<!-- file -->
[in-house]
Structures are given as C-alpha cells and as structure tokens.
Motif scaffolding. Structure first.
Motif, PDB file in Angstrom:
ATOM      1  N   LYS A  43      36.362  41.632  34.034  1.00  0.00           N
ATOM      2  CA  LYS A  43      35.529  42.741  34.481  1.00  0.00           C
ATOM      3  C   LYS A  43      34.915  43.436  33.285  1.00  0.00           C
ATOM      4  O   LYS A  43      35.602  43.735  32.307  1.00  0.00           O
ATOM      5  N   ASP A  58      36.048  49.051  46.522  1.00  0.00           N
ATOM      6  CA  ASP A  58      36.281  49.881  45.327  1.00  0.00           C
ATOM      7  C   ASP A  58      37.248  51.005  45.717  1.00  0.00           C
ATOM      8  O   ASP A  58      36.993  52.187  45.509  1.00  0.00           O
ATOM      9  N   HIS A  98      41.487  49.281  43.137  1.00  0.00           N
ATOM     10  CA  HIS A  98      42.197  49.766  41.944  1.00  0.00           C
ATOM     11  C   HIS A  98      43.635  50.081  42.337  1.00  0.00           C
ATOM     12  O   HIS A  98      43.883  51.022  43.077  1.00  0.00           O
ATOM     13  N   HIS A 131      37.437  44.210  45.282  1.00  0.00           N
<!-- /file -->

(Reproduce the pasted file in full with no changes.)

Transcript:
[in-house]
Structures are given as C-alpha cells and as structure tokens.
Motif scaffolding. Structure first.
Motif, PDB file in Angstrom:
ATOM      1  N   LYS A  43      36.362  41.632  34.034  1.00  0.00           N
ATOM      2  CA  LYS A  43      35.529  42.741  34.481  1.00  0.00           C
ATOM      3  C   LYS A  43      34.915  43.436  33.285  1.00  0.00           C
ATOM      4  O   LYS A  43      35.602  43.735  32.307  1.00  0.00           O
ATOM      5  N   ASP A  58      36.048  49.051  46.522  1.00  0.00           N
ATOM      6  CA  ASP A  58      36.281  49.881  45.327  1.00  0.00           C
ATOM      7  C   ASP A  58      37.248  51.005  45.717  1.00  0.00           C
ATOM      8  O   ASP A  58      36.993  52.187  45.509  1.00  0.00           O
ATOM      9  N   HIS A  98      41.487  49.281  43.137  1.00  0.00           N
ATOM     10  CA  HIS A  98      42.197  49.766  41.944  1.00  0.00           C
ATOM     11  C   HIS A  98      43.635  50.081  42.337  1.00  0.00           C
ATOM     12  O   HIS A  98      43.883  51.022  43.077  1.00  0.00           O
ATOM     13  N   HIS A 131      37.437  44.210  45.282  1.00  0.00           N